Annie said they worried about Ella losing her hair from the chemo, so they shaved Jared's head with Ella's help. Ella went next, and after a day she liked it.

With everything they have to deal with, they're grateful for their support system.

"It's not something you can do alone," Annie said. "You're going to need your family, and your friends, and your community for all sorts of different things."

Faith Baptist Church in Monroe, where the Wells family attends, has helped by giving the family food and gift cards. After a day of chemo, which can run as long as eight hours, "the last thing you want to do is cook," Jared said.

Family and others have also contributed money to help pay for Ella's treatment. Even strangers have shown generosity by sending treats for the kids.

Jared said his co-workers have been helpful in covering his shifts and giving them food. He's a nurse at the William S. Middleton Memorial Veterans Hospital in Madison, while Ella is receiving her treatment from the American Family Children's Hospital in Madison.

The Wells family expressed appreciation for the staff at the children's hospital.

"There's a ton of scary things that, as a mother, your heart breaks that your four-year-old has to deal with," Annie said, noting that hospital staff try to make the experience easier for the kids.

"The thing that helps us is we have a strong faith in God and that we believe that everything happens for a purpose," Jared said. "And even though this is difficult, we know that God watches over us and helps us throughout the process, and that has been very beneficial."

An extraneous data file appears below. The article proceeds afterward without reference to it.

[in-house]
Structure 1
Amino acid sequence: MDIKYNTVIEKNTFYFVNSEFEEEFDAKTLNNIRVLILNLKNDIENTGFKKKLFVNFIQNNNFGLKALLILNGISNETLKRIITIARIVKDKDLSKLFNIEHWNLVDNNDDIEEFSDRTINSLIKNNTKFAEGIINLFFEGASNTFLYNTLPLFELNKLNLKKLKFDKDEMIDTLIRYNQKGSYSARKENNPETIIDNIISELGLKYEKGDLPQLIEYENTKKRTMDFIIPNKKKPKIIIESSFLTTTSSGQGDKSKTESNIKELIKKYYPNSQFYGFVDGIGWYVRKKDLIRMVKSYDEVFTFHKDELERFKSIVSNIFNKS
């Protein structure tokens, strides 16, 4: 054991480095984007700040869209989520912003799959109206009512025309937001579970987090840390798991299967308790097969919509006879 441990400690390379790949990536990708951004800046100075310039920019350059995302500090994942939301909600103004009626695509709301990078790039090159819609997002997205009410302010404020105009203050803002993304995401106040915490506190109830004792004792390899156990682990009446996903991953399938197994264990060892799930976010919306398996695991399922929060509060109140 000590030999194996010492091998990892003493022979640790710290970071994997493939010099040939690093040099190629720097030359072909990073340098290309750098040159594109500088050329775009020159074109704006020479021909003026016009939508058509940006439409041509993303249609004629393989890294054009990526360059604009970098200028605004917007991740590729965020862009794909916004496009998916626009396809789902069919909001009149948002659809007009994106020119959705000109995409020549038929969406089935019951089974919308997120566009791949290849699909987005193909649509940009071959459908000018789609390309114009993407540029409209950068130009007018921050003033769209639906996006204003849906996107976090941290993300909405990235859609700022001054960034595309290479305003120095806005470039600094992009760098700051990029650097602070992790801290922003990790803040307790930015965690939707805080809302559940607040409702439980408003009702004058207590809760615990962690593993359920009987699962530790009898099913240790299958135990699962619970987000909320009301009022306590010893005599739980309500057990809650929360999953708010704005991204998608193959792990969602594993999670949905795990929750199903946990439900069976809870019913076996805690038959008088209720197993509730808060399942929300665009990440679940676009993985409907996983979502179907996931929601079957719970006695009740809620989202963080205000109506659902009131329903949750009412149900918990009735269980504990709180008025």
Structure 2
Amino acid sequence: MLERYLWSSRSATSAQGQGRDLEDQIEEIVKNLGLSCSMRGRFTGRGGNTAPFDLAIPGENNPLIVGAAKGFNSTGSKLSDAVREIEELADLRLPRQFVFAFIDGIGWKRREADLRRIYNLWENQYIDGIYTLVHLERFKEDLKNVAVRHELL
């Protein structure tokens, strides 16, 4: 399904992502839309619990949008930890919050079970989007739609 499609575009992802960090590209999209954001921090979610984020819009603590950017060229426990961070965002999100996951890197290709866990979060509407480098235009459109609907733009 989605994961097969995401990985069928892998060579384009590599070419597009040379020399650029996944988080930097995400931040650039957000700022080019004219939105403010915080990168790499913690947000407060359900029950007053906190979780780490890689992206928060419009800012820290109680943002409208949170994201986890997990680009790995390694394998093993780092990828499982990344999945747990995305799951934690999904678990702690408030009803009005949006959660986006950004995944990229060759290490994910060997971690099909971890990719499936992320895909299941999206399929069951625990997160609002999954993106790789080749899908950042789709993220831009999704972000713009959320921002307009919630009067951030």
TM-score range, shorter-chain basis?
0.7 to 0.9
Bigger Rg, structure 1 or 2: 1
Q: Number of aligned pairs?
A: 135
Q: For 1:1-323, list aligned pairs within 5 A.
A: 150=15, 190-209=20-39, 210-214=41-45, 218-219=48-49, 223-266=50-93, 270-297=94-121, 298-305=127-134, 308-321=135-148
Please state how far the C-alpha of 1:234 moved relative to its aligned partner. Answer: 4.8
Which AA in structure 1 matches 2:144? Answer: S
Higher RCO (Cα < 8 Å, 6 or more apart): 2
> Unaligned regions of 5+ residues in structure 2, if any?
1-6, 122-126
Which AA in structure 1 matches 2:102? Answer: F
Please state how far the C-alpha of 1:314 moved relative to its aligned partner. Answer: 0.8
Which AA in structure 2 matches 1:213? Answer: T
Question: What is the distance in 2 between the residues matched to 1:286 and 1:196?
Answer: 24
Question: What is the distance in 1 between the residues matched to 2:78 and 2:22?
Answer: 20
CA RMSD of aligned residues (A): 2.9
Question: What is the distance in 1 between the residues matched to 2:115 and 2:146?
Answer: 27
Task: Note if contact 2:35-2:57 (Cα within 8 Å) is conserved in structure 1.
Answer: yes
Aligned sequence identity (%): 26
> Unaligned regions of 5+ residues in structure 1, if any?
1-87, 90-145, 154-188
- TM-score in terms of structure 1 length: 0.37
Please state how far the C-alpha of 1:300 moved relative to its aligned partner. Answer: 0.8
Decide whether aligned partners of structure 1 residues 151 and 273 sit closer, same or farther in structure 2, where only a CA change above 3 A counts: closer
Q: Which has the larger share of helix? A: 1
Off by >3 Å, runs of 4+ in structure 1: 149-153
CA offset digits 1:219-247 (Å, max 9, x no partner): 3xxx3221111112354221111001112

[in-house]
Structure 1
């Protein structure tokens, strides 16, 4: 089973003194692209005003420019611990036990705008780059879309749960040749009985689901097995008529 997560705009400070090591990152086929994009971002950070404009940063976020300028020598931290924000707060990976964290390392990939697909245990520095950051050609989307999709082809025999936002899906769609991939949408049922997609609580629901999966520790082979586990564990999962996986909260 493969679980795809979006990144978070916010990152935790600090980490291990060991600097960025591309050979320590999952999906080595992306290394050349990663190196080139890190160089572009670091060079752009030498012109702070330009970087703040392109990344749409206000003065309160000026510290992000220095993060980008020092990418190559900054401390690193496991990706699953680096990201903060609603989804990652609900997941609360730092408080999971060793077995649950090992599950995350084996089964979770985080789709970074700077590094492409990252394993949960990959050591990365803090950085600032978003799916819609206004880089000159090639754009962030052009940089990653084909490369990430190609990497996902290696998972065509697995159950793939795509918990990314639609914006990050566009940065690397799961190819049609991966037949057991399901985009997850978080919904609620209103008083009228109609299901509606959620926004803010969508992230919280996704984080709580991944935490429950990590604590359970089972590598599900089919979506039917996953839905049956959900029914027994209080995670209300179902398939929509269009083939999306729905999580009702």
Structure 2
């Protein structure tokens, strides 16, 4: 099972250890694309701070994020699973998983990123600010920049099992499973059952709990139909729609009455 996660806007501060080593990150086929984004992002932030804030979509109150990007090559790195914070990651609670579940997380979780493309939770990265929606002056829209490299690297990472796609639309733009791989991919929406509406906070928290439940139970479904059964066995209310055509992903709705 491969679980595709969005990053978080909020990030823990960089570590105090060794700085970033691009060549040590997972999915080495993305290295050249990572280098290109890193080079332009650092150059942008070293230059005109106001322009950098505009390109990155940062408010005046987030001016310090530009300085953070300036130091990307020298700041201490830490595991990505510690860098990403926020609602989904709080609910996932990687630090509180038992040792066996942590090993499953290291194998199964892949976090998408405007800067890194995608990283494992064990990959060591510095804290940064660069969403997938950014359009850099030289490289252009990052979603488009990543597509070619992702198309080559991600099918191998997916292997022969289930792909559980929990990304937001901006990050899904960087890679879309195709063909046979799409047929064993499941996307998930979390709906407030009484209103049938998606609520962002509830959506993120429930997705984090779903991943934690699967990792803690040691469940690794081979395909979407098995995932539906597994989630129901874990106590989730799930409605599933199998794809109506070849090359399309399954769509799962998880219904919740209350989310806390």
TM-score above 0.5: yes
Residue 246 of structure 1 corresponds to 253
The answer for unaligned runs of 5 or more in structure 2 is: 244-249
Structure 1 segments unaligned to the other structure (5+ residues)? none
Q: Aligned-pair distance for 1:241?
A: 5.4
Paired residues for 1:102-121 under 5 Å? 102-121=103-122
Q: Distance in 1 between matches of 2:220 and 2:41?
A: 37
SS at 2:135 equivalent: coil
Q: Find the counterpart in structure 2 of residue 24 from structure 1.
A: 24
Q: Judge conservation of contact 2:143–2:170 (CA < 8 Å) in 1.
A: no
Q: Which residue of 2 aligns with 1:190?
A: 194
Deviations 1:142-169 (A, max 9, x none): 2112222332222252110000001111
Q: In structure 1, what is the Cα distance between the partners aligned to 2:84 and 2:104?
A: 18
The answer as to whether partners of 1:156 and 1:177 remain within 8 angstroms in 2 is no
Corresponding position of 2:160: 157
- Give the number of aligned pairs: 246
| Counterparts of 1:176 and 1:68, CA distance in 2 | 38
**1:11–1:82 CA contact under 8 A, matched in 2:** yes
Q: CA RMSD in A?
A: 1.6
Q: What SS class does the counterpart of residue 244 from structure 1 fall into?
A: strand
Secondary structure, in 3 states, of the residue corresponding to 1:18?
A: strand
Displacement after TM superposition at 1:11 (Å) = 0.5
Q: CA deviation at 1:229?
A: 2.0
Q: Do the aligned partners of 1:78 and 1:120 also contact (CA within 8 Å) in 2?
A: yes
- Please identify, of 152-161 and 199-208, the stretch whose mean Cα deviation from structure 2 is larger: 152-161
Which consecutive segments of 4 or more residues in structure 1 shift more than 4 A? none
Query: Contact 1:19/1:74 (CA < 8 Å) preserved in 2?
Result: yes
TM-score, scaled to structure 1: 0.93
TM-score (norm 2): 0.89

Ella's presence in their family is a blessing in itself, he said. After six years of trying to have kids, he and Annie decided to adopt. After a couple potential adoptions fell through, they found Ella.

People sometimes ask "what if" questions about Ella had they not adopted her.

"The treatments are difficult and you have to really watch closely with the medications," Jared said. "It could have been a lot different, so I think for both of us, we're very blessed to have each other."

To help pay for Ella's treatment, Annie's sister suggested they hold a fundraiser. Once others started volunteering to help organize the event, it took off.

According to Mandy Jordan, Annie's friend, the fundraiser will have a game area, a photo booth with costumes, facepainting and live music. Organizers are also planning a live auction, a silent auction and a "Boutique Marketplace" similar to a craft show or flea market, where donated items will be sold.

Jordan said a bone marrow donation organization and a representative from Relay for Life will be at the event.

"Ella hopefully will not need a bone marrow donation, but we wanted to use our audience to help raise awareness for those who do," Jordan wrote in an email.

The benefit fundraiser is set for Saturday, April 5 from 1:30 to 4:30 p.m. in the Monroe Middle School gymnasium, 1510 13th St., Monroe. More than 300 people have "liked" the event's Facebook page and 75 have said they are coming to the fundraiser, but Jordan hopes for at least 300 to attend.

"We're excited for it," Annie said. "Hopefully Ella's counts are good, you know, and she'll be able to be there."

To make a donation, contact Sherry Pollock at 608-325-4750 or or Kathy Burchell at